Godfather Don - Hazardous: Godfather Don stayed winning

Terminator X - Valley of the Jeep Beats: Pioneering album for the deejay set

Juice Original Soundtrack: One of the best soundtracks ever

Boyz N The Hood Original Soundtrack: See above

In looking back at 1991's significance, I wanted to pay proper respects to these artists who helped make the year so significant:

Eric “Eazy E” Wright
Tupac Shakur
Eric “MC Breed” Breed
Dwight “Heavy D” Myers
Eric “O.G. Style” Woods
Kurt Cobain

J-23 is HipHopDX's Editor-At-Large. He was a full-time member of the staff from 2001 to 2011, and served in many roles throughout that time, most notably a long-time Music Editor. J lives in London, Ontario.


  • fritzthacat

    i turned 15 in 1991. what a year to be alive and listening to rap. i have most of these albums on cassette. great read, and i agree with most of your choices. maad circle so slept on! and umcs! ultra's 2nd album. wow. so much good stuff in 91! thanks for the trip down memory lane... gonna go dig out that old shoebox full of tapes and crank some of these. happy new year!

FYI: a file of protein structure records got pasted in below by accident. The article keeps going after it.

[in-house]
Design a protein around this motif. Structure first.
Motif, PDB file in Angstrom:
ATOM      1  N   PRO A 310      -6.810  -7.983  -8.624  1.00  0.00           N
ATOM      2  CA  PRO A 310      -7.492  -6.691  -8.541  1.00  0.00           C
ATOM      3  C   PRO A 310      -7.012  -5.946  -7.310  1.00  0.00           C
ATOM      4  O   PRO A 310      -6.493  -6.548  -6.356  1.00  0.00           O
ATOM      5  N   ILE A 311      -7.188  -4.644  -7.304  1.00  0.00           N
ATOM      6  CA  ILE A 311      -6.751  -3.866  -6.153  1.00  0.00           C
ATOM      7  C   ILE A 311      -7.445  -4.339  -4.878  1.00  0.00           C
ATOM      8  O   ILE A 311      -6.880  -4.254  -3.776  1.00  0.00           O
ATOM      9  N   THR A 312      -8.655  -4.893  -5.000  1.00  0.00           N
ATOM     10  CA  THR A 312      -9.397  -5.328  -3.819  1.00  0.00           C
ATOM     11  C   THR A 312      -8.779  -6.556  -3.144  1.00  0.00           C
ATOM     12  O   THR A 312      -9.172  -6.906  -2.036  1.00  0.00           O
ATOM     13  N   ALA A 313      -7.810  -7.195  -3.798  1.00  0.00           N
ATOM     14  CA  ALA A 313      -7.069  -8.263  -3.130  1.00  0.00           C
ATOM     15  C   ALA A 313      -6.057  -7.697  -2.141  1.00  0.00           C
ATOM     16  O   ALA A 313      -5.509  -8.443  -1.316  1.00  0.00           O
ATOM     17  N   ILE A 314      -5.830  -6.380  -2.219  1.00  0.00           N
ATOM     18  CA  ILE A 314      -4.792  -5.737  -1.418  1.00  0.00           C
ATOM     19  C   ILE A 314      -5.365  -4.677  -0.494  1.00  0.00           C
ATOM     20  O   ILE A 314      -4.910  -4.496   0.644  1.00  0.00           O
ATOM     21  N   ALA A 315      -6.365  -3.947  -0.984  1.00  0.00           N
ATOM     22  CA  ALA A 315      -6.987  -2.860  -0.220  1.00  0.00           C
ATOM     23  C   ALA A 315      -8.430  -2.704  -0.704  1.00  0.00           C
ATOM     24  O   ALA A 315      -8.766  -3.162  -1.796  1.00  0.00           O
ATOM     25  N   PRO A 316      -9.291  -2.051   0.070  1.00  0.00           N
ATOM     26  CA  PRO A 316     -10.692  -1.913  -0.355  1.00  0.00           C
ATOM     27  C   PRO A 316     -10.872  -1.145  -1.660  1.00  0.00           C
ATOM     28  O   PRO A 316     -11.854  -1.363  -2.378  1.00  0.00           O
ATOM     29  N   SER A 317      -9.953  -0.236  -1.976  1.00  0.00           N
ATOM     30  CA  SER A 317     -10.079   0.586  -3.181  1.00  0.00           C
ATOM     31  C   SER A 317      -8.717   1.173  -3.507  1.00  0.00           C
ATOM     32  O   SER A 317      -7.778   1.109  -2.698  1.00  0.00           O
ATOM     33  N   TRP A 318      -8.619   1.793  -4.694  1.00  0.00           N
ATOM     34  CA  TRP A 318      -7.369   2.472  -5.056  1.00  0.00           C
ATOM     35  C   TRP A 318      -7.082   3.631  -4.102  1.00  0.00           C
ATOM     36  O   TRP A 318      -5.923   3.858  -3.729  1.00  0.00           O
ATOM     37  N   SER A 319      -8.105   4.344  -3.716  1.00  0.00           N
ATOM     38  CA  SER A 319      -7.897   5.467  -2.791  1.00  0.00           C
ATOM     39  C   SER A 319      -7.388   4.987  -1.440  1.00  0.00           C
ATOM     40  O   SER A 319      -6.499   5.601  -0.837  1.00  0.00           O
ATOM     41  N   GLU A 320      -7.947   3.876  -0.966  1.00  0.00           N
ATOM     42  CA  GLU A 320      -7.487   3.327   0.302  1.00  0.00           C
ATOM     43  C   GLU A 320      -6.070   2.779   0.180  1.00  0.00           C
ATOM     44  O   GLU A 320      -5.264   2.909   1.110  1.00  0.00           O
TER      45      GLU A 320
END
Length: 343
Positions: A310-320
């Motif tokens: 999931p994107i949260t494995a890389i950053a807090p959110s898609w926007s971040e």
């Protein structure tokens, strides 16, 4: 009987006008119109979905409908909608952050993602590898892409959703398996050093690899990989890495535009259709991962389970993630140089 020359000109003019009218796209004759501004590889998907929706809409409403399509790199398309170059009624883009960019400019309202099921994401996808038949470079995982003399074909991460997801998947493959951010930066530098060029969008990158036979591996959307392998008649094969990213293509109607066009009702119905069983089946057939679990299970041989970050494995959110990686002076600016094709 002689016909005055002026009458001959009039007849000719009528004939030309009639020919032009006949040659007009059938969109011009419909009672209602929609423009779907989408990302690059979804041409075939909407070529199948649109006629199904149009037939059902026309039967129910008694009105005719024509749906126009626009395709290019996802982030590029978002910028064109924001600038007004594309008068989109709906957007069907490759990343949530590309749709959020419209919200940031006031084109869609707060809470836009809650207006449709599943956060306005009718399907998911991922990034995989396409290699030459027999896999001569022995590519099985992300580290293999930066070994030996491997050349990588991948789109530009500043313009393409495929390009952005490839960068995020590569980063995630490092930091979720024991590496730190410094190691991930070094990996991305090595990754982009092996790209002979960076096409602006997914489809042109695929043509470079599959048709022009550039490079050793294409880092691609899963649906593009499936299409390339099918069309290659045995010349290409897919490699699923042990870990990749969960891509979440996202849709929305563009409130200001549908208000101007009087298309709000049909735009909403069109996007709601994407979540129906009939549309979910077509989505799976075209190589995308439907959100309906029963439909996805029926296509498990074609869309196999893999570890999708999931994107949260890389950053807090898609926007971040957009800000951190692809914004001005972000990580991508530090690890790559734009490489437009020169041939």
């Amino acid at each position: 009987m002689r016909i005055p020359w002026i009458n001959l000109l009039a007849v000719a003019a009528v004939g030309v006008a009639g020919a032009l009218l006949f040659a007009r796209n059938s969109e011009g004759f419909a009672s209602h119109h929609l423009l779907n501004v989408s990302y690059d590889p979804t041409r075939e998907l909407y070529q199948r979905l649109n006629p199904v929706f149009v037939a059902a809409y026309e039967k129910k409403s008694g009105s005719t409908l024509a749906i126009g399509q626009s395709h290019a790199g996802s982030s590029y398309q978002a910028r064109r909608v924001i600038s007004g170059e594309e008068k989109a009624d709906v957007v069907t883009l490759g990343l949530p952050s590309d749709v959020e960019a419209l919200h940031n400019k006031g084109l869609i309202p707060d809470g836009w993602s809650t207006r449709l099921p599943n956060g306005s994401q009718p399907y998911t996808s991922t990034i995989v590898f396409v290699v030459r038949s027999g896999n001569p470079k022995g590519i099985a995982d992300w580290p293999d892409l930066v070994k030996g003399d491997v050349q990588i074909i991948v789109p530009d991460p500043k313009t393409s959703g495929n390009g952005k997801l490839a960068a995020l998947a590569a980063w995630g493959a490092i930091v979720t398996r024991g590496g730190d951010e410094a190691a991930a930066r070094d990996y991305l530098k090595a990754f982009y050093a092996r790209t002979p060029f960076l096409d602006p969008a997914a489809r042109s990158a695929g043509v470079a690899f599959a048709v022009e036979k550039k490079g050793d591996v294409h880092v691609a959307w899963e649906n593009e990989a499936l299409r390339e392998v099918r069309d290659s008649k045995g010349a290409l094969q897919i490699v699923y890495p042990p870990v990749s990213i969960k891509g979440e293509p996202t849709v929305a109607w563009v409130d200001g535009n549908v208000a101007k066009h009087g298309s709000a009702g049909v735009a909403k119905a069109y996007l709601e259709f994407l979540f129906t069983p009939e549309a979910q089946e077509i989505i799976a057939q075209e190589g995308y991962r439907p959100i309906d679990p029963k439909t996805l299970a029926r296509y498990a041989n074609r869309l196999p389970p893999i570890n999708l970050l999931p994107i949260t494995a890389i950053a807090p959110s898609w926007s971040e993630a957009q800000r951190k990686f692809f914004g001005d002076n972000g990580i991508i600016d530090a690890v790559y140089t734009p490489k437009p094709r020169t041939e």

• HRH

    are you a stoner buddy? "Still regarded as many as the greatest diss record of all time" Still regarded AS many as the greatest?? Are you for real you stupid as junkie of a burnt out writer? Fucking faggot cocksucker... go suck a kyke

  • Skip Dillenger

    I did a group presentation on the year in Hip-Hop for my college music history course a couple years ago. This was an awesome year. Cube, Tribe, De La released masterpieces. Nas makes his first appearance on wax, the introduction of G-Funk... amazing.

  • Really DOe

    Forreal top 5 albums: Kid n play- Face the nation Baha Men- Who let the Dogs out Celine Dion- Falling into you Dr. Dre- The Chronic tevin Campbell- I'm ready

    • Anonymous

      all classics, how about drake thank me later, mc hammer please hammer don't hurt em, ace of base, and duran duran hungry like the wolf... all street bangaz nigga holla!!!

  • AKshen

    TEXAS Before the Syrup Take Over!!!

  • Mr.Cee

    That Terrorist Album - "CLASSIC"


    Dah Shinin,Living Proof,Dog Food were 95'. Bone Thugs joint (Faces of Death) was 93 but Im not 100% sure. And no you cant take credit for Enter The 36 for 94' lol.